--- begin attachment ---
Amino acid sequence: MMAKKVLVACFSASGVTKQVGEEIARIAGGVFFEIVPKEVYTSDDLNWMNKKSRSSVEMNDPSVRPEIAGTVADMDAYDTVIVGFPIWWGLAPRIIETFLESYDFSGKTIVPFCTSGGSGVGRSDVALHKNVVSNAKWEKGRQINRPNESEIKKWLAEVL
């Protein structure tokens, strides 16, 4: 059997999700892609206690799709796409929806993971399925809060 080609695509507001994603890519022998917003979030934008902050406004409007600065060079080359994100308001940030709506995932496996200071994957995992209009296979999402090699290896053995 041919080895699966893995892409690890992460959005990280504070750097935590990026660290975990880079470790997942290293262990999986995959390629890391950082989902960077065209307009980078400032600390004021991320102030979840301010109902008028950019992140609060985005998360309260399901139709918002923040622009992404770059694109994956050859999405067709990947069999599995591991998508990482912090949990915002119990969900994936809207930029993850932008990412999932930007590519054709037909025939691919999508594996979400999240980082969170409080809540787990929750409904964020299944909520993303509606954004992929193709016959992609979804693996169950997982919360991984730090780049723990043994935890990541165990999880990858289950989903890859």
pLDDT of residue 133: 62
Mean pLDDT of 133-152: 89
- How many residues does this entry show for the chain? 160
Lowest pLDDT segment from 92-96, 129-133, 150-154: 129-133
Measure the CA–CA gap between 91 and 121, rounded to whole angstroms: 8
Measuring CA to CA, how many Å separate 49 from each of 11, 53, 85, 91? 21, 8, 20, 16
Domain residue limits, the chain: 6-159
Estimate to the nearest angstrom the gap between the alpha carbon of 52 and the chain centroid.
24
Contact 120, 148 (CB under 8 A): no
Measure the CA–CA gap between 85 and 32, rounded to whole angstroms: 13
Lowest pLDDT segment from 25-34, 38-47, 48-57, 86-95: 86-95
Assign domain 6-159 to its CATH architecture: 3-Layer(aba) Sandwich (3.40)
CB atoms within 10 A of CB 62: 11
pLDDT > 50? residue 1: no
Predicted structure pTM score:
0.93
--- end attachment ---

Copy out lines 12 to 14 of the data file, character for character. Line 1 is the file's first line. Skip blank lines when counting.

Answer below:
Contact 120, 148 (CB under 8 A): no
Measure the CA–CA gap between 85 and 32, rounded to whole angstroms: 13
Lowest pLDDT segment from 25-34, 38-47, 48-57, 86-95: 86-95